By Shereen Low CD REVIEWS.
CD REVIEWS TROYE SIVAN - BLUE NEIGHBOURHOOD Low By Shereen Although he boasts 3.17 million Twitter followers, 3.7 million YouTube subscribers and sells out gigs around the world, you may not have heard of Troye Sivan if you're over the age of 25. That's because the 20-year-old doesn't owe his popularity to record label executives or televised singing competitions. The South African-born Australian singer found his place on YouTube, where he's been sharing regular covers, original songs and videos featuring fellow famous pals, like Zoella and Tyler Oakley, since 2007.
Sivan's debut studio album certainly won't disappoint. One of the most captivating things about Sivan is the sincerity in his haunting voice, and it's complemented by gorgeous harmonies and backing melodies. Soft percussion, 80s-inspired keys and oodles of synthisiser provide a hazy, melancholy backing track to songs about falling in love, navigating a relationship and nursing a broken heart. Standout tracks include Wild, an ode to first love in suburban neighbourhoods and Heaven, on which Sivan debates whether God will accept his sexuality. These are not just great pop songs, they're pop songs with a gritty edge, written by an artist who is pouring his heart out to an audience he trusts.
BEANS ON TOAST - ROLLING UP THE HILL Essex singer-songwriter Jay McAllister, aka Beans On Toast, has come up with the novel approach of releasing an album every year on his December birthday. Rolling Up The Hill contains 12 tracks full of his acerbic and witty lyrics, most accompanied by his trademark acoustic guitar.
Think of a hybrid of Ian Dury and Billy Bragg with an extra dose of venom for good measure, although McAllister's wry sense of humour also shines through. Superb opener The Mudhills Crew, about a misspent youth, sets the tone, although it is on God Is A Cartoonist, about the futility of religion, where he really comes into his own.
FOXTROTT - A TALLER US Foxtrott is the nom de plume of Montreal beat couturiere and mix merchant Marie-Helene Delorme, an artist raised on hip-hop, but with a taste for catchy pop and an instinct to deconstruct its base form.
With her debut album on the One Little Indian label, Delorme splices and dices to impressive effect, chewing up chart convention and delivering an enriching, arresting sound, still packed with hooks, but emboldened by heavy bursts of bass, stealthy sampling, synths that fizz and practically sing melody. Think of Robyn for a pop touchstone, or Jessy Lanza for sonic similarities. Perhaps even, at a stretch, Ray Of Light-era Madonna. With Driven and Shields, Delorme delivers a pair of icy, skewed but dancefloor-ready tracks. On the closing Heads Under Water, she throws in the kitchen sink, thumping bass bumping up against her own powerful vocals. One to watch, for sure.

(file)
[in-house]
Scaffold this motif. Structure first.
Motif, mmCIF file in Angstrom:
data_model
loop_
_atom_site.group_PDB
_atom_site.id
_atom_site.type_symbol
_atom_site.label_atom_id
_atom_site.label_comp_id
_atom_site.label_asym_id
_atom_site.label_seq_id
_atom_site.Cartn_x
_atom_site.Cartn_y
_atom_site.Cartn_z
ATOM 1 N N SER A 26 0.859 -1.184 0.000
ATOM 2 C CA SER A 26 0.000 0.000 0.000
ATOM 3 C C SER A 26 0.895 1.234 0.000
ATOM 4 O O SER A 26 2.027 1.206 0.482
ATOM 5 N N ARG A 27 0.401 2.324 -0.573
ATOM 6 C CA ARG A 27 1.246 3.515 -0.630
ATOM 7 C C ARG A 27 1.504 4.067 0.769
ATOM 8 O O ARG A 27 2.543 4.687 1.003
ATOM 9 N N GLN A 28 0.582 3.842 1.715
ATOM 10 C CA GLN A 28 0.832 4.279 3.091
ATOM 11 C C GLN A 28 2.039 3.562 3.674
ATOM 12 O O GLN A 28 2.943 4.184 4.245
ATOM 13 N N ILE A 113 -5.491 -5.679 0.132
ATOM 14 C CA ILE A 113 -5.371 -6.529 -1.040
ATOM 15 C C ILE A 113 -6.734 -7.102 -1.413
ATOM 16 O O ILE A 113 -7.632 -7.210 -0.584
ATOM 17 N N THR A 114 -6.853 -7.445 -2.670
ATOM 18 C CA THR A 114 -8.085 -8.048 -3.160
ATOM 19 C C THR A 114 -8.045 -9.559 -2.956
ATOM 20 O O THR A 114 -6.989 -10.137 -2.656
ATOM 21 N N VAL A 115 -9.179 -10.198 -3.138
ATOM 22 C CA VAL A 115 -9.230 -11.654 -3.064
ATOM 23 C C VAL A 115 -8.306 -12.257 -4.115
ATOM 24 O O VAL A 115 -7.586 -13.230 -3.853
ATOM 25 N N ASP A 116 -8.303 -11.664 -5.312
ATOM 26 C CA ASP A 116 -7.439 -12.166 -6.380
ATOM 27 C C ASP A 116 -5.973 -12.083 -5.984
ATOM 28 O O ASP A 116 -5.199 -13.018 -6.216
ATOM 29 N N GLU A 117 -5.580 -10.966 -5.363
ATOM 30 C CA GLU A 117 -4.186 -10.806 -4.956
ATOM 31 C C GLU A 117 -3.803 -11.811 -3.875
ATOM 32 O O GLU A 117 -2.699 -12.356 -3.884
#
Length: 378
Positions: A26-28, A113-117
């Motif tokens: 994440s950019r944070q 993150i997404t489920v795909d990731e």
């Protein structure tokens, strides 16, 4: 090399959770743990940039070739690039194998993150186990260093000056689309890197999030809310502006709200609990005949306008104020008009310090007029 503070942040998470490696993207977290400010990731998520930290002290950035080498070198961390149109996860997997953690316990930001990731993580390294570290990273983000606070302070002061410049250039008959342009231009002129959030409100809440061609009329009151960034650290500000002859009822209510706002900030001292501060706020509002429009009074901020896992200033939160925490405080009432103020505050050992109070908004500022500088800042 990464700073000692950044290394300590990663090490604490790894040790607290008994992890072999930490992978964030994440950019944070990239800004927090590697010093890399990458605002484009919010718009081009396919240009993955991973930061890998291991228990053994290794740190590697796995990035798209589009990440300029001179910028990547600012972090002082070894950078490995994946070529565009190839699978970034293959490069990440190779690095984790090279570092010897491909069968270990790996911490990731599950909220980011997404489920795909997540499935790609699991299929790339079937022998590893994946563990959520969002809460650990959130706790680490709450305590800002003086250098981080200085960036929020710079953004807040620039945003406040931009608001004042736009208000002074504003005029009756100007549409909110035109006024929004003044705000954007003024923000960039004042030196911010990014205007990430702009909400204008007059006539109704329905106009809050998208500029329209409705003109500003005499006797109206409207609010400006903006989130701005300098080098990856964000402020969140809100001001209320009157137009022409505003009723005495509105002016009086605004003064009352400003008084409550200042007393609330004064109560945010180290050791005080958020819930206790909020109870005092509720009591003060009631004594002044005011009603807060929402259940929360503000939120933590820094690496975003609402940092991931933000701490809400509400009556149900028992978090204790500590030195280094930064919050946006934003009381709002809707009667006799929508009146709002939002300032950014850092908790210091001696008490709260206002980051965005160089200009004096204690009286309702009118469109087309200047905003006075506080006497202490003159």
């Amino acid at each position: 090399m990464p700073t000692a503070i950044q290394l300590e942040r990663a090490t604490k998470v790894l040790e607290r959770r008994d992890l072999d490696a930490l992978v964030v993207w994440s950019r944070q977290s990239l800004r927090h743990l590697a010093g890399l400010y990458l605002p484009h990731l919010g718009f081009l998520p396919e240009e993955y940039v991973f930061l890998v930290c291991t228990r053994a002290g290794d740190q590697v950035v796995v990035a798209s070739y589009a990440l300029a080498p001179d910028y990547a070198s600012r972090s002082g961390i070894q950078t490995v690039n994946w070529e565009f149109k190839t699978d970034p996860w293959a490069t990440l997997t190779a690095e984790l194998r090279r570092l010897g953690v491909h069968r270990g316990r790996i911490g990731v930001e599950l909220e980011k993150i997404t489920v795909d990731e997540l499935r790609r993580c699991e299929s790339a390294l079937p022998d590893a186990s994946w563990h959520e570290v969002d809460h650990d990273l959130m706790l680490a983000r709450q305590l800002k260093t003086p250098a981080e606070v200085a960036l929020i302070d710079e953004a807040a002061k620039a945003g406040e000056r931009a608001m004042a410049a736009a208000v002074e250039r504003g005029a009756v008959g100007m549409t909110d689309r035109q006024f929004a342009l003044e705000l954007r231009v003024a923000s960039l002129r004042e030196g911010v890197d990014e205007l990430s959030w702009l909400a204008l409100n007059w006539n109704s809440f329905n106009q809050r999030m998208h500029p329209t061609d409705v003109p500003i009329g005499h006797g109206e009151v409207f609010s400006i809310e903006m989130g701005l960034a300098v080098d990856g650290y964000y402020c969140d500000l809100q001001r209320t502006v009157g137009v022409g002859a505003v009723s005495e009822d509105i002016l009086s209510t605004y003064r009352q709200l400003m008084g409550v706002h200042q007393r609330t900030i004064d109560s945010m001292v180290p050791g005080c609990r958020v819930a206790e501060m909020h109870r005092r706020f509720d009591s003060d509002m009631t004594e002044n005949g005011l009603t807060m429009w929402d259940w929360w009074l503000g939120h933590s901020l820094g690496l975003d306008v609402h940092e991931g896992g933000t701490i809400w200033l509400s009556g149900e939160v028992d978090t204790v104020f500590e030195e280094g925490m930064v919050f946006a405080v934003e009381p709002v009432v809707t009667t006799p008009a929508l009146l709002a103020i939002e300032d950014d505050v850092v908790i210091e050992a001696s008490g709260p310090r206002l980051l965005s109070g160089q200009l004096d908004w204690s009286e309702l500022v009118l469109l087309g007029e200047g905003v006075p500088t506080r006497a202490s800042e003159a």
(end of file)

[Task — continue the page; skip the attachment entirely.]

LIL BUB - SCIENCE & MAGIC Lil BUB already has a million followers on Instagram, a book, a documentary, a web series and now an album under her belt. For a four-yearold feline, that's pretty unusual. But then again, Lil BUB isn't exactly your everyday moggie.
Her debut album, titled Science & Magic: A Soundtrack To The Universe sees BUB collaborate with meow-sicians Andrew W.K and Matt Tobey. The pair describe themselves as "creative vessels" for BUB's musical talents, and claim they have harnessed the spirit and soul of the famous cat to express her artistic vision. Yes, the concept is totally bonkers, but what does it sound like? Surprisingly, we don't hear a lot of Lil BUB's vocals. There are a few meows and purrs here and there, but the vast majority of the album is made up of science fictioninspired synth, dreamy 80s keys and eight-bit inspired electronic blips. There's a variety of genres at play; opening track Hello Earth takes the listener on an atmospheric journey into outer space with smooth strings and space-age synth, while Another Voyage fuses BUB's meows with ambient lazer zaps. You've got to be kitten if you think Science & Magic is going to make musical history, but this light-hearted combination of cool synth tracks and cat noises is surprisingly won-fur-ful.
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|Publication:||Evening Chronicle (Newcastle, England)|
|Date:||Dec 11, 2015|
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